IRS Phishing Hits New Low

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By now we are used to reports of phony IRS emails spamming computers around the nation. We know that identify theft scams can result in loss of privacy, loss of property, tax problems, and countless hours of work trying to straighten things out with the IRS and other government agencies. The IRS has made it abundantly clear that they do not communicate to taxpayers via email, and if ever we were to receive an email that purported to be from the IRS, we can rest assured that it is a phony. We know to leave suspicious-looking emails alone (not open them) and immediately report them to

But now there are reports of phony IRS websites too (See IRS Special Edition Tax Tip 2012-13).  The phony IRS websites look much like the IRS e-services website, but don’t have the all-important .gov designation. There’s a fool-proof way of steering clear of phony IRS websites. If you find yourself on a website that begins with then you know you are on the official IRS website. If it begins with anything else, it shouldn’t take a tax attorney to tell you that it’s not the IRS!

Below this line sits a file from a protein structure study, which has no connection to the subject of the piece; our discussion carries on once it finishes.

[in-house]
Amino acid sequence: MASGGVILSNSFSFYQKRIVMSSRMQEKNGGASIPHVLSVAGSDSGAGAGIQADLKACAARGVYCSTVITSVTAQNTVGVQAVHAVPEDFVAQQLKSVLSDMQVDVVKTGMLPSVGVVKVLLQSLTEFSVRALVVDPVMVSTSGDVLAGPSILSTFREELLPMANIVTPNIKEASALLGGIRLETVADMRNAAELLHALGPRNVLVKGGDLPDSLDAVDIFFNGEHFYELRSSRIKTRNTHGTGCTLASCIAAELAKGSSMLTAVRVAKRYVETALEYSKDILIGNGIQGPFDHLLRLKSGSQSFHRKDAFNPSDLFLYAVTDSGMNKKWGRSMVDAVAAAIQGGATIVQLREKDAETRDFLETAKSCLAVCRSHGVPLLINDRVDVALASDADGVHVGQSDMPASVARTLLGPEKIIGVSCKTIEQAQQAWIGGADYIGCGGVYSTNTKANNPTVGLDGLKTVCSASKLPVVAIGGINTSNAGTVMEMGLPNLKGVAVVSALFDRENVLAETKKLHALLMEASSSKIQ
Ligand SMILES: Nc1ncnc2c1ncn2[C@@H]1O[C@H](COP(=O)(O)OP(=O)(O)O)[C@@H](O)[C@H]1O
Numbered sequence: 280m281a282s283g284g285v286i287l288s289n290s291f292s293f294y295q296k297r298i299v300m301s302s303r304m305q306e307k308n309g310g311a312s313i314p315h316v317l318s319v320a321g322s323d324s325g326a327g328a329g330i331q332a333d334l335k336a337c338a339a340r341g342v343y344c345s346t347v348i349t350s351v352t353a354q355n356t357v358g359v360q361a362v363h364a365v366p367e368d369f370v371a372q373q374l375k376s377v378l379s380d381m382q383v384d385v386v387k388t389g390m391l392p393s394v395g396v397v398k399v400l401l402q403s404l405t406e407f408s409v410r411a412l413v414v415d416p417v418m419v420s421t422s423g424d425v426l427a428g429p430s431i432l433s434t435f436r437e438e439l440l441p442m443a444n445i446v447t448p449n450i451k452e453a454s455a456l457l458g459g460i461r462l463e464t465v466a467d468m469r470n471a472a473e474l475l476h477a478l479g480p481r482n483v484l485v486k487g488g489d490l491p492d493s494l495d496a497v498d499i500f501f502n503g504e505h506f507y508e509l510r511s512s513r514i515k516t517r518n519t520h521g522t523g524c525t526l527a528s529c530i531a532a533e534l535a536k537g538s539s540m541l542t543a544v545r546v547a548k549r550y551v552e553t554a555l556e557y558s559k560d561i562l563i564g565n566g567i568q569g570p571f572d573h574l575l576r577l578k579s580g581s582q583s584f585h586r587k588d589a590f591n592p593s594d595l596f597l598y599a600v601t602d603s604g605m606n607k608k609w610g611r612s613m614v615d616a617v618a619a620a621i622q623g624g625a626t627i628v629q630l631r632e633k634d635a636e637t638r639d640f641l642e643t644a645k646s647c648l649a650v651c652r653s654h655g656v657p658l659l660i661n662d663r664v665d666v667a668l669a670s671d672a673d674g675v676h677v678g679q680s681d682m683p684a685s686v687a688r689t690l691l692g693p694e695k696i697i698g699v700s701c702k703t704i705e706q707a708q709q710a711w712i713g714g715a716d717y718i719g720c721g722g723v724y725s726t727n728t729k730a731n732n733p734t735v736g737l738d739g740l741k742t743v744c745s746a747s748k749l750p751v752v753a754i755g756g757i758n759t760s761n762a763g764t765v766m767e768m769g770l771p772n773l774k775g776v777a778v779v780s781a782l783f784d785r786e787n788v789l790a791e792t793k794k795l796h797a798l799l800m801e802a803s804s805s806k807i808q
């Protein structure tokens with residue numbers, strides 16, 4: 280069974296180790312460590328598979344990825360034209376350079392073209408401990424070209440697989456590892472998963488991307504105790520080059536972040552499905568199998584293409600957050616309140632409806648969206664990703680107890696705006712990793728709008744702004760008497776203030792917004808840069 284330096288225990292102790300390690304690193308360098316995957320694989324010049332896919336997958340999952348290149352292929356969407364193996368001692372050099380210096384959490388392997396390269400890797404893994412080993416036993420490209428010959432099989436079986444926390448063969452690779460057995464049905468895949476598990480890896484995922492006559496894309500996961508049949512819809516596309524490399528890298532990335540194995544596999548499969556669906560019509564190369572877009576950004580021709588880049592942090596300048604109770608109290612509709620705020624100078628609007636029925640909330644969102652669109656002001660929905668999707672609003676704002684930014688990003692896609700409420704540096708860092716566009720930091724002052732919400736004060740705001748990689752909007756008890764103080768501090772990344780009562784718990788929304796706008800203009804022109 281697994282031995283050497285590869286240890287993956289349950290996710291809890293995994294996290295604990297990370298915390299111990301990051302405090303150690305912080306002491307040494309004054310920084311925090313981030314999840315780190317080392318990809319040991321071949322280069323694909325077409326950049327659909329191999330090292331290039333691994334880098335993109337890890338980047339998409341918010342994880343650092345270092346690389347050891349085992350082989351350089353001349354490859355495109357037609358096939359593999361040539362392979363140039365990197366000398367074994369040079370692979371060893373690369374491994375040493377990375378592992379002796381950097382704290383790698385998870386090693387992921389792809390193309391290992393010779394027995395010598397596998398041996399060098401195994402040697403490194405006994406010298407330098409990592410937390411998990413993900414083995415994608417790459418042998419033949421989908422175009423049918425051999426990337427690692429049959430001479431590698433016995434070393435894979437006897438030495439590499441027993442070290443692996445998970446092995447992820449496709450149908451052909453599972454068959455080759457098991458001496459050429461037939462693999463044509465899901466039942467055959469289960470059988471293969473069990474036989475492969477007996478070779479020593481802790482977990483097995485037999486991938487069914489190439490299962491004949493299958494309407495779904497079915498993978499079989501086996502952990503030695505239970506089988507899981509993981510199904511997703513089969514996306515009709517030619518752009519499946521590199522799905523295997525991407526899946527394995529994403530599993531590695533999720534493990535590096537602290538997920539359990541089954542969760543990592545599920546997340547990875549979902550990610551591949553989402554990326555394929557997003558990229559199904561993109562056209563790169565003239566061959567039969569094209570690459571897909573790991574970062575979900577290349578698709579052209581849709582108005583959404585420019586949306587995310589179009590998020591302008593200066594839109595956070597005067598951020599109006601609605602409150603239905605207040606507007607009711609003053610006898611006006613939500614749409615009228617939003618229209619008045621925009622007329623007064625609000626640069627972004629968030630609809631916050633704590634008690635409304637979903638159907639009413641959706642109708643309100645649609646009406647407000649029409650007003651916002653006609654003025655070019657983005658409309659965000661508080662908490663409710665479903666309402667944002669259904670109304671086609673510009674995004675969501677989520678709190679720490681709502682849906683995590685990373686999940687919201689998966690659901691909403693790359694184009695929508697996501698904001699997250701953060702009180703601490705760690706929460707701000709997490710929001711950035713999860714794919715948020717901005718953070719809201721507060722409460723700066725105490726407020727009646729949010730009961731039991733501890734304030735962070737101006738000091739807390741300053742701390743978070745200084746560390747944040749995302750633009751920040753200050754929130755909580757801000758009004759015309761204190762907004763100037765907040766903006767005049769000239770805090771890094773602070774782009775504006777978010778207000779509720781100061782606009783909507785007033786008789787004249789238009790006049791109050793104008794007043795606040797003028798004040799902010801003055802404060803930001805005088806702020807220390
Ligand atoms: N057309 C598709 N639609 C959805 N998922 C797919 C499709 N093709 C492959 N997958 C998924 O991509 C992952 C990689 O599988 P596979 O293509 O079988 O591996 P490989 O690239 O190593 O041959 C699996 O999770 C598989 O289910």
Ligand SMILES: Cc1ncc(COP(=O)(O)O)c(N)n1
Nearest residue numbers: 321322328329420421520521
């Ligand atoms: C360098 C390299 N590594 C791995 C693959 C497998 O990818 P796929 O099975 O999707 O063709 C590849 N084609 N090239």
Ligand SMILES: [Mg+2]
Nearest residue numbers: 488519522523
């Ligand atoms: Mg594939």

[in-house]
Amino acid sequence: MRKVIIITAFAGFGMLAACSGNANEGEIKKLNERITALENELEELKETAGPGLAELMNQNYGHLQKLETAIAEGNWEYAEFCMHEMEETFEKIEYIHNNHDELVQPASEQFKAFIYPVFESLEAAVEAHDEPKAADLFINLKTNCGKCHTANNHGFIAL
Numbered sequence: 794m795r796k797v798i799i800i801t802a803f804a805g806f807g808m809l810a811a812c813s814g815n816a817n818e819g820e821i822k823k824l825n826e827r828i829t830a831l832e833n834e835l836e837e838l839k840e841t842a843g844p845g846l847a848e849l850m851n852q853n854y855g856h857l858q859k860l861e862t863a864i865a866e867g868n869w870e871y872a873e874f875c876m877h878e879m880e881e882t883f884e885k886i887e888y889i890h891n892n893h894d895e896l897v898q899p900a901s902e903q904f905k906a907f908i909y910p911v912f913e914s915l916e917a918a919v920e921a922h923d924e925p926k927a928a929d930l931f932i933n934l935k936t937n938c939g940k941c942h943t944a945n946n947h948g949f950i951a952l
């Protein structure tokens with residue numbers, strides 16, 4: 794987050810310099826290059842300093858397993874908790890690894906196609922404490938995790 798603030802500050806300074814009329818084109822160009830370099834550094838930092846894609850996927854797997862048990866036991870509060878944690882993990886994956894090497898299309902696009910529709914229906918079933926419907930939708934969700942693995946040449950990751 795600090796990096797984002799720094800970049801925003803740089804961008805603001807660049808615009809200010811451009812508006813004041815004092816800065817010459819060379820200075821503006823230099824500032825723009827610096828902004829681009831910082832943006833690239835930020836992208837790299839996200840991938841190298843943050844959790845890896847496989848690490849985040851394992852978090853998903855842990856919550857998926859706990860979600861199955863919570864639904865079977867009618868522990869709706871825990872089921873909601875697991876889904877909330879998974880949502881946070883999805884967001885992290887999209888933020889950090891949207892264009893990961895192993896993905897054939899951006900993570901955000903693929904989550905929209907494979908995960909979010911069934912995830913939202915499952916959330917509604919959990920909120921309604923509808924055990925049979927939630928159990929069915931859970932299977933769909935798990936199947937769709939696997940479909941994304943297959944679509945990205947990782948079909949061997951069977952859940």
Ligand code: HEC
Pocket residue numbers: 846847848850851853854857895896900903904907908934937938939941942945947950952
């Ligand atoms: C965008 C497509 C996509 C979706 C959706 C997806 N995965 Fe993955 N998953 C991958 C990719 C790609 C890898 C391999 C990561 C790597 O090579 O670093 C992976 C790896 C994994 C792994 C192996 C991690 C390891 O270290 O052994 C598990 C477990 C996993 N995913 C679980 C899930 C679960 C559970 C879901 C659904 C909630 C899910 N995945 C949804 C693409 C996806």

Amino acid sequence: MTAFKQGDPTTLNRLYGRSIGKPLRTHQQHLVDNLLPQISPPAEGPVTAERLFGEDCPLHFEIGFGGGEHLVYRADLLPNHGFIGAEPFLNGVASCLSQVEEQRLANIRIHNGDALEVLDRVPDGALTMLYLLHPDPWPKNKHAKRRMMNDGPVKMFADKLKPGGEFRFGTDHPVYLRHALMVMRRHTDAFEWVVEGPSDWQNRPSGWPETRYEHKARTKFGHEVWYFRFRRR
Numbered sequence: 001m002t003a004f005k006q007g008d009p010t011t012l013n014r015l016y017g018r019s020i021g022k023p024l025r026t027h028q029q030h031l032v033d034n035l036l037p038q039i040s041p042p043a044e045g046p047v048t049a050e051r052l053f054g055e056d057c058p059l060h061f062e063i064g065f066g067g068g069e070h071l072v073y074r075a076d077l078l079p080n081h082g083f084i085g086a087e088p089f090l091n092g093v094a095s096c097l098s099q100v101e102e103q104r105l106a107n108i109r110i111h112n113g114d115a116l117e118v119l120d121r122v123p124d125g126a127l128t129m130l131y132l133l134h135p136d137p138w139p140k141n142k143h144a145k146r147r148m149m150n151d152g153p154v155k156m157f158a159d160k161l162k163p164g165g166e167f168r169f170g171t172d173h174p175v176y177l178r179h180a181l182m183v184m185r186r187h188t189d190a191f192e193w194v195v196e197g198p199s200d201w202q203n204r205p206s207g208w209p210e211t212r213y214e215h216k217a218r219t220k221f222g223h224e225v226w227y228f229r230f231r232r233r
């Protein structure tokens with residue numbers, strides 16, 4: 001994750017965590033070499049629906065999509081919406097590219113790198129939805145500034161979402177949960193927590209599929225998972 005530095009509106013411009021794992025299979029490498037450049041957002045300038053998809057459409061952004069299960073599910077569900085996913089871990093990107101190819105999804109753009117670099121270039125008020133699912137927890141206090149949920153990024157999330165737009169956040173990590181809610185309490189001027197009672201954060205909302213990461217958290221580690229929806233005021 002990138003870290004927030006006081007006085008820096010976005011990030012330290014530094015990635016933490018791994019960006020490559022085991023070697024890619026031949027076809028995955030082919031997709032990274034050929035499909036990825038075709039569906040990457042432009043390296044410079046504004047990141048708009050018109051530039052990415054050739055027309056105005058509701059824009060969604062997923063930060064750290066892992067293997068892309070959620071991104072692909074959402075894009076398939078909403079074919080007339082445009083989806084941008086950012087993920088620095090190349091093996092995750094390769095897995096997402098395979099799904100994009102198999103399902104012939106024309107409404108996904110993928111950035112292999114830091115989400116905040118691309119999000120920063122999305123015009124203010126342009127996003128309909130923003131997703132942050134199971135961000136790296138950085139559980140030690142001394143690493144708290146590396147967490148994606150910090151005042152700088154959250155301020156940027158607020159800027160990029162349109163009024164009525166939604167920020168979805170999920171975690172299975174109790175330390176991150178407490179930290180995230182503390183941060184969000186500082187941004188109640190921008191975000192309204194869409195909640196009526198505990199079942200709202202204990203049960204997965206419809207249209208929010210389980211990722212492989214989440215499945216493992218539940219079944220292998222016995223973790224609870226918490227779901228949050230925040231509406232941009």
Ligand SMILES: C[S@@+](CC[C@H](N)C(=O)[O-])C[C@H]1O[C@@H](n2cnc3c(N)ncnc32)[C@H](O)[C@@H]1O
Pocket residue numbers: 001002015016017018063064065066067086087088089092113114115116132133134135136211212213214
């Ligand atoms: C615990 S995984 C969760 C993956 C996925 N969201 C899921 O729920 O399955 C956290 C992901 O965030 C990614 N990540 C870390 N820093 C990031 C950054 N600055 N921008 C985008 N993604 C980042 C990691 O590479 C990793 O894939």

Procedure for Reporting Tax Law Violations Needs Work

Maybe it’s because of the recent unprecedented IRS whistleblower payout, but people seem to be eager to turn others in for tax law violations these days.  Nevermind their own tax problems.  Of course most of the inquiries I see come from the estranged spouse or the “friend” seeking revenge.

The best way to report IRS problems involving fraud and other tax law violations is by completing and filing IRS Whistleblower Form 3949-A.  But according to TIGTA, Form 3949-A is too complicated for most taxpayers to be able to complete thoroughly and accurately.  And many are also using the form for something other than its intended purpose.

TIGTA studied a sampling of 530 whistleblower forms 3949-A and identified some serious problems:

  • 27 percent could not be processed because they didn’t provide sufficient details (not surprising since the form asks for things like the social security number and birth date of the person you are reporting)
  • 21 percent were incorrectly used to report identity theft (some IRS service centers were actually instructing taxpayers to use this form for ID theft when, in fact, they should be filing Form14039, the ID Theft Affidavit)
  • Forms that reported “other issues” not covered by F3949-A were often shredded by IRS personnel instead of being forwarded to the appropriate IRS function


The Victims of Identity Theft and Refund Fraud

Tampa, Florida criminals are still fixated on tax return fraud, a local trend that has held the attention of the IRS and law enforcement for the past several months.  I have blogged before about the criminals, but what about the victims of these schemes?  The victims are those whose social security numbers have been used to obtain false refunds and are who are blindsided by major tax problems.  When these innocent folks file their own legitimate returns and seek refunds, the IRS often denies them what is rightfully theirs.